My sons mother has disappeared with my son for the last five years. She has denied me my right to visitation which was set back in 2006. She has filed false allegations with DCF in the past to try and stop me from seeing him. Her grandmother has told me my son wants to be back in contact with me and she is blocking it based on her own selfish reason. I'm raising a 13 year old boy and a one year old little girl with my wife not to mention I'm a little league football coach. From what I have read parental alienation is a form of child abuse. If a got a lawyer and involved DCF can I get temporary custody of my son until trial if I have enough evidence to prove p.a.s
There is no quick fix to your situation if you do not have a paternity order in place that deems you the child's father. If you were never married to mom, and mom is out of state, you may have to file a paternity action in the state where she is currently residing. If she is in FL, get a lawyer and file something here immediately, in order to get a timesharing schedule established and start to build a case. I do not recommend involving DCF unless the child is in danger of abuse or neglect, but you may need a parenting coordinator in a high conflict situation. It may take time and money, but provided you are a fit parent there is no reason why the court would not grant you the opportunity to be a meaningful part of your child's life. Parental alienation is a factor that the court uses in determining timesharing, along with the other best interest factors that are listed under statute.
As always, the responses given are based upon the limited information provided in the question and general legal procedure. It is advised that if your situation contains complex issues or facts to consult personally with an attorney for your choosing. In criminal cases where liberty is at stake, a defendant has an absolute right to a court appointed attorney if you cannot afford one.
I agree with counsel but would add a few things. Parental Alienation Syndrome (PAS) gets thrown around a lot by attorneys and lay people alike. The fact of the matter is that Florida does not recognize it (formally). The courts will look at demonstrable behaviors (that can be entered into evidence) if they related to the factors delineated in §61.13(a)-(t), Fla. Stat. (2014). I'll list these factors following the text of this answer. You certainly need to retain an attorney as there are a myriad of issues involved in this matter not capable of being responded to within the context of this forum. But, for the record, PAS, by itself, will not allow you to remove a child immediately from the other parent. Now here are the factors---pay special attention to them as many of them would be relevant to PAS; notwithstanding that PAS is not recognized in FL. But what IS recognized is the black letter law that I'm providing you. Retain counsel and good luck---also---I'm attaching the portion of the law as a link. Also, I've provided a link to a guide re: selecting a family law atty. in Florida.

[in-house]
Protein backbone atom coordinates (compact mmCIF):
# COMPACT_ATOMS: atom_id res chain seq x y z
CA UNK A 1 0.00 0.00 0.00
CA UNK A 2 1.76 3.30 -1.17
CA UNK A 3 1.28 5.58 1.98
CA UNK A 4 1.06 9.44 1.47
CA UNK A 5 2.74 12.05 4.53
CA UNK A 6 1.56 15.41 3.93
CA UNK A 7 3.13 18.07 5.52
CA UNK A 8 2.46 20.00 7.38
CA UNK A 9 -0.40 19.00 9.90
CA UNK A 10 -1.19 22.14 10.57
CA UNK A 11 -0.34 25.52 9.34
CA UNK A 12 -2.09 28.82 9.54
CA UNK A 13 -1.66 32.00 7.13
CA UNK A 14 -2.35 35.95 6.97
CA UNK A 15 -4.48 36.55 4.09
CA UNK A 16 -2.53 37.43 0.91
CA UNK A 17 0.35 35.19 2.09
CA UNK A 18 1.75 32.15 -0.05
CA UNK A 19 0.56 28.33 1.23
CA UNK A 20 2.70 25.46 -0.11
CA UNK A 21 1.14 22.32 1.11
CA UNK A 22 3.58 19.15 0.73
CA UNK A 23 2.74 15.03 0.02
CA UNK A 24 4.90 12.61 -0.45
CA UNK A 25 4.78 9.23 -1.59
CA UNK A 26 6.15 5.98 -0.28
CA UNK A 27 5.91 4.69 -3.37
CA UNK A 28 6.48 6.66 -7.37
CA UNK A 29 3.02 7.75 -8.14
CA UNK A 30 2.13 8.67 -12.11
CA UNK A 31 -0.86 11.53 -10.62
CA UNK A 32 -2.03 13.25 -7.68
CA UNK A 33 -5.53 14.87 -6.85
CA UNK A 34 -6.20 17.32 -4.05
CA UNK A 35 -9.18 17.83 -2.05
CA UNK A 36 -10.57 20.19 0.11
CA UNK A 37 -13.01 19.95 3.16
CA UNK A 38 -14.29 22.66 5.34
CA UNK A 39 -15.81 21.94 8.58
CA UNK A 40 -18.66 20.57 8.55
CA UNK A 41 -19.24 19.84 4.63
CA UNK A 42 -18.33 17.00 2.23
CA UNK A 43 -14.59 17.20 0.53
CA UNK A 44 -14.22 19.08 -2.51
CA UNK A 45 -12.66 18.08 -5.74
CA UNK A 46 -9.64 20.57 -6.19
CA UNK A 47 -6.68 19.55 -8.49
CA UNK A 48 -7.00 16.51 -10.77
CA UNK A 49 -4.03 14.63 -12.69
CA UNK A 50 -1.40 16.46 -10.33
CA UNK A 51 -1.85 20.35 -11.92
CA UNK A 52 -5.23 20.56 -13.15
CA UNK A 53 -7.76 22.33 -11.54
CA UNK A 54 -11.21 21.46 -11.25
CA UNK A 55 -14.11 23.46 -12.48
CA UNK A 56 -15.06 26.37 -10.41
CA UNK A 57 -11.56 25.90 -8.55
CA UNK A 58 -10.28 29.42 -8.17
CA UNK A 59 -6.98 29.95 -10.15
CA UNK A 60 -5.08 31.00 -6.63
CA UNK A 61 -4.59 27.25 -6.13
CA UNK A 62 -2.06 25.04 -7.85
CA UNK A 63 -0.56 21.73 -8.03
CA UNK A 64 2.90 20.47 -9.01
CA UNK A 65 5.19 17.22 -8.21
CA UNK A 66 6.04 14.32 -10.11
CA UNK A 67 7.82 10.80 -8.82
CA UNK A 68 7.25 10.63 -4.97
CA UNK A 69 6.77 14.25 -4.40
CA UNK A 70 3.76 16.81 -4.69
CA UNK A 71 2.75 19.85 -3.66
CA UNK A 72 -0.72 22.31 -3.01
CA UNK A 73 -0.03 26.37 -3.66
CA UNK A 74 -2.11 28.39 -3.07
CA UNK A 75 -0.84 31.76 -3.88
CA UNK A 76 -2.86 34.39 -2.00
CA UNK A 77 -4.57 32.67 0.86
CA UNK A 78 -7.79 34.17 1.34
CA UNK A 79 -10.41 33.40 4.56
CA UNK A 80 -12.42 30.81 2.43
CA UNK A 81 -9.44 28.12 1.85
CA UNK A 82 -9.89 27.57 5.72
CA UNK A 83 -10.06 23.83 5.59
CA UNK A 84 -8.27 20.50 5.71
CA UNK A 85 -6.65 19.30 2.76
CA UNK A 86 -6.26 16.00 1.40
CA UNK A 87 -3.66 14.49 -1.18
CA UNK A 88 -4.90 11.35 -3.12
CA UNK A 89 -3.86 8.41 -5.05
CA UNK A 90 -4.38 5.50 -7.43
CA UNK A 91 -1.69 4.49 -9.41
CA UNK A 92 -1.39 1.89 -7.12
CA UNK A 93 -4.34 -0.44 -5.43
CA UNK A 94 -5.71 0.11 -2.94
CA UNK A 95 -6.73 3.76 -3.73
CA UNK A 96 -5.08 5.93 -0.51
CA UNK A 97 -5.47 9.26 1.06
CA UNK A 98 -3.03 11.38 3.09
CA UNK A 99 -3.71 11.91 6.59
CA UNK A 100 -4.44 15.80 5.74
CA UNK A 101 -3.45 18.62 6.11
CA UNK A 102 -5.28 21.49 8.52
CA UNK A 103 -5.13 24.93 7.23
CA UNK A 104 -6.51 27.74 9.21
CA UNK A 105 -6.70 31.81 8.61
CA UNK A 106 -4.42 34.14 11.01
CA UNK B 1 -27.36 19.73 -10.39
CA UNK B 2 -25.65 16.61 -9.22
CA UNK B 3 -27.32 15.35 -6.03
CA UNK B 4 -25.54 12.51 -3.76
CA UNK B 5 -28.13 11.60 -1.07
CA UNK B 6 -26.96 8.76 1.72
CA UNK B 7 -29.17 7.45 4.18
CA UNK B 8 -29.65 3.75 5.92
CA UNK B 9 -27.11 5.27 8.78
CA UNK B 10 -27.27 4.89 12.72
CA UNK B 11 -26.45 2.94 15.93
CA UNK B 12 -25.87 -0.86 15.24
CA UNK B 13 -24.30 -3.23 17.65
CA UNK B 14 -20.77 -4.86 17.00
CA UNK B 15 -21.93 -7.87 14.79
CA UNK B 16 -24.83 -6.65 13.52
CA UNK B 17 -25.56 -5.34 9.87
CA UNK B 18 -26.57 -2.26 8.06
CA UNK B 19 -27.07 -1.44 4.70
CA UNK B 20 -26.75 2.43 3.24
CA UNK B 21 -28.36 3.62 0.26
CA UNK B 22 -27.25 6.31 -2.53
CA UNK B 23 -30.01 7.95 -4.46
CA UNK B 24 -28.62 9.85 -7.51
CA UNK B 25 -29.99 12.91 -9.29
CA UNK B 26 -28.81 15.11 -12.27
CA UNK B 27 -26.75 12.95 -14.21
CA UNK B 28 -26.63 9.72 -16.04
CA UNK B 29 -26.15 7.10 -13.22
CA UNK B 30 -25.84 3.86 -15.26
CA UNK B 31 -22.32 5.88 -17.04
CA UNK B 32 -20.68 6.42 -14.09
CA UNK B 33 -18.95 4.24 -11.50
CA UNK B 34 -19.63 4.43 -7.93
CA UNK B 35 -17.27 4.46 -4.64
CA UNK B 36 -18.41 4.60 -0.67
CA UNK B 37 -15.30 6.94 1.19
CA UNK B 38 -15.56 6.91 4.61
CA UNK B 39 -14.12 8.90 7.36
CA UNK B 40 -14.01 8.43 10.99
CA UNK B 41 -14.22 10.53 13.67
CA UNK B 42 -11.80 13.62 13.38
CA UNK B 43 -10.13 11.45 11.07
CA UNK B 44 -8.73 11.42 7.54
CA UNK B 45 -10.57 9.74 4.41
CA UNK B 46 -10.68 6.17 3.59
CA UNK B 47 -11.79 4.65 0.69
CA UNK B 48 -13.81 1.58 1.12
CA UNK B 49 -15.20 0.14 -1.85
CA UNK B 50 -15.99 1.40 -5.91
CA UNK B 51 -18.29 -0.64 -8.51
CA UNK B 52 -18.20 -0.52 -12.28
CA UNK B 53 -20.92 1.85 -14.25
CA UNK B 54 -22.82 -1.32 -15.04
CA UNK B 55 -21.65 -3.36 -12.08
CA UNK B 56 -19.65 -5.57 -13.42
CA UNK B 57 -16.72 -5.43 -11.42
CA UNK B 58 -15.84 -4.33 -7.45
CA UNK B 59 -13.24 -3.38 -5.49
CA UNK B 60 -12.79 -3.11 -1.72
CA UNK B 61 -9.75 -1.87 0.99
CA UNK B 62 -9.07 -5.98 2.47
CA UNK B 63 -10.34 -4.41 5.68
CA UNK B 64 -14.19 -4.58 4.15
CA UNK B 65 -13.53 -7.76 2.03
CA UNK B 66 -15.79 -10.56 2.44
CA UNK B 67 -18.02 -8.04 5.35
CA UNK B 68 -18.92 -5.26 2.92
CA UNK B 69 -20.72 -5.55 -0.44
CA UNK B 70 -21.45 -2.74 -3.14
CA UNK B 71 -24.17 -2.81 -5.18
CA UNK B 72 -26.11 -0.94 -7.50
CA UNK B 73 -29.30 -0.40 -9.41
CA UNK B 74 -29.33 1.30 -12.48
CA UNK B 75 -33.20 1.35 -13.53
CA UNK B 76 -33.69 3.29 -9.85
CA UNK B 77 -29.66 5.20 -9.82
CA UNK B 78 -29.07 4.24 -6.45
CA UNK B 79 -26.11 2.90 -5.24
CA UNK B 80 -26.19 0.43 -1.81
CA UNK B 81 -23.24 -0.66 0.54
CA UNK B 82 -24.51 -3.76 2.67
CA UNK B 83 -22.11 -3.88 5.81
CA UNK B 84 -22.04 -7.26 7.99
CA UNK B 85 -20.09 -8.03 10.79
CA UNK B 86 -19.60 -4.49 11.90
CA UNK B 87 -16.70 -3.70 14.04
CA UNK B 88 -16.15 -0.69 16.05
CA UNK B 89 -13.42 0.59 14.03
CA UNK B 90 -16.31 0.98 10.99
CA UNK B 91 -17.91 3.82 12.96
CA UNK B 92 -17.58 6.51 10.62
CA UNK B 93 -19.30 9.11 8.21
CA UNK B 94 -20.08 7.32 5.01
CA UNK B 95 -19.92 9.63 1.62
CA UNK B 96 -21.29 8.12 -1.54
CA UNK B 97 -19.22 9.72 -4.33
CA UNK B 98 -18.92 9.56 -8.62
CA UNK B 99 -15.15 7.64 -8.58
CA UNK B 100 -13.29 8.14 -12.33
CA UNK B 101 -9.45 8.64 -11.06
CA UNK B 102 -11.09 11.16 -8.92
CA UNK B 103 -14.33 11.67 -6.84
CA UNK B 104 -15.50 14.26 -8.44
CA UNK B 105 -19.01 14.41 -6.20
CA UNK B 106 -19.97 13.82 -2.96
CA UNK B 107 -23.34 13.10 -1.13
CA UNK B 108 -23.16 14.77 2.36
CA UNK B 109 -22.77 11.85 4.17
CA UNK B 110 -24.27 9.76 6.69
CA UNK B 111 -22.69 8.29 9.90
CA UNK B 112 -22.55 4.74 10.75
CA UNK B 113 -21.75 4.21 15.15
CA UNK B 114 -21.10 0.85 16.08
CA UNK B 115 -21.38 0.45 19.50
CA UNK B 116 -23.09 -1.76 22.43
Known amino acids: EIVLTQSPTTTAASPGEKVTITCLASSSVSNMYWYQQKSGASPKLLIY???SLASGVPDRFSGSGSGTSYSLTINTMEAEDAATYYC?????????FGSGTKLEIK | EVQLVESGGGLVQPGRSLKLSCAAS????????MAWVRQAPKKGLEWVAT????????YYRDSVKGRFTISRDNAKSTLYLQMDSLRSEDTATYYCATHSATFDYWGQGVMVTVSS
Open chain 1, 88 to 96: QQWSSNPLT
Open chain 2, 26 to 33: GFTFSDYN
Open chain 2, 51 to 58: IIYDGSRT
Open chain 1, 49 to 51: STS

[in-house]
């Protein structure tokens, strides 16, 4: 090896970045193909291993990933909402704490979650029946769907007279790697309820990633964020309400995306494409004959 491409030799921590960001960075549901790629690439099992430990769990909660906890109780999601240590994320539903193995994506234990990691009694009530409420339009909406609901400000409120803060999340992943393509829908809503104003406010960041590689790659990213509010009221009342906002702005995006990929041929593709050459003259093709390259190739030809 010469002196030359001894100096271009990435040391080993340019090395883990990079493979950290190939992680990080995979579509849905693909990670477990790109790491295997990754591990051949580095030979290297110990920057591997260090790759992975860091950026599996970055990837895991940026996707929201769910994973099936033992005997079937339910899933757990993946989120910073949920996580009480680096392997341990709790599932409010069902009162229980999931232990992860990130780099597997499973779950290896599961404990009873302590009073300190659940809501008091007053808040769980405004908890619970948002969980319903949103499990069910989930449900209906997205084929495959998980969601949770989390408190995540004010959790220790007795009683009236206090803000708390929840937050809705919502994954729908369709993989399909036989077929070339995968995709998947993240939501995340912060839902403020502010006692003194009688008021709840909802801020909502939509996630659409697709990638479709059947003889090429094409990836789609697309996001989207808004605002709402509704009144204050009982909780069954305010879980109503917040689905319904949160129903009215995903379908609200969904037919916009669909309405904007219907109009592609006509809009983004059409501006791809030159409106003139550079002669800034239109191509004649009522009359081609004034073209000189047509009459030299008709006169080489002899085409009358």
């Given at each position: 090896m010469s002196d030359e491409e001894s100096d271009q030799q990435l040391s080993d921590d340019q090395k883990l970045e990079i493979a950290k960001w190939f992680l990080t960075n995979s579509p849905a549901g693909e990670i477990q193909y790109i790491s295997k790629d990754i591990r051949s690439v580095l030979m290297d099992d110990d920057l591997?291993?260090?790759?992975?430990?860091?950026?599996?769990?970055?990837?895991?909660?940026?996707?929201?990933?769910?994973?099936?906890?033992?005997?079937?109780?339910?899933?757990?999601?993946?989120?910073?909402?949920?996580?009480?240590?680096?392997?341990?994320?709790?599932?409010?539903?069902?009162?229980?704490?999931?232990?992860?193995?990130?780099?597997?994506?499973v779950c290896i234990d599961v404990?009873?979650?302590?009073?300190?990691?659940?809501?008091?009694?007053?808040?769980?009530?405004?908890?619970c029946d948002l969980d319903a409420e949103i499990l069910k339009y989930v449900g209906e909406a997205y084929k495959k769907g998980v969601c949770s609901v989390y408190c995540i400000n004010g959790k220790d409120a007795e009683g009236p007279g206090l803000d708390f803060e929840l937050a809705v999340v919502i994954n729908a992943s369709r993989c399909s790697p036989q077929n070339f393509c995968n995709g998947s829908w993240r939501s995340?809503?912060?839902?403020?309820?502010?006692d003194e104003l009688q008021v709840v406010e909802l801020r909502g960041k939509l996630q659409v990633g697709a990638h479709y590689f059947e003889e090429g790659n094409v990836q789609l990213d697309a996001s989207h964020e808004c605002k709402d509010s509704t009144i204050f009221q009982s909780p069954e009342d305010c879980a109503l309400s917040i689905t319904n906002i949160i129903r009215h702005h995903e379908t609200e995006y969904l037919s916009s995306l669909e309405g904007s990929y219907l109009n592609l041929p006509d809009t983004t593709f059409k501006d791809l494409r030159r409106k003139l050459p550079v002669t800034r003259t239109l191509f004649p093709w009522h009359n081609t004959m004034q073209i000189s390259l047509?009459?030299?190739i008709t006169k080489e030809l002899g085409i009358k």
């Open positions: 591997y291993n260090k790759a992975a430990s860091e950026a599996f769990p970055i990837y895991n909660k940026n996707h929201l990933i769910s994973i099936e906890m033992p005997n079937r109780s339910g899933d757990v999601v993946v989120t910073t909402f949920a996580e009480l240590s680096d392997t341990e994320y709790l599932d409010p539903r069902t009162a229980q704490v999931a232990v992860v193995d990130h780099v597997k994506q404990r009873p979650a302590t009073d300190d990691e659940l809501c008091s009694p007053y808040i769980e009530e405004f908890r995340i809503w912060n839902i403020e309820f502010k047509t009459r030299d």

Please be advised that any answers or information disseminated above do not constitute legal advice and that the attorney responsible for this posting is merely attempting to participate in a Q & A session intended to be helpful but certainly not intended to be legal advice. It is important that you understand that no attorney-client relationship has been formed and that the attorney has no obligation to follow up with you with your legal issue unless you separately contact said attorney and arrange for him to legally represent you.
I agree with Ms. Morgan's answer.
Please know the court will most likely want to know why you have tolerated the alleged alienation for 5 years. It will most likely want to know your answer because it's main concern is the best interests of the child.
Legal disclaimer: My response to your question is not intended to create any attorney-client relationship. My response to your question is based on the limited facts given in your question and should not be relied on as legal advice. I submitted it to provide you a general understanding of the law, not to provide you specific legal advice. I highly recommend that you consult with an attorney before taking any action based on your question or my response to your question.
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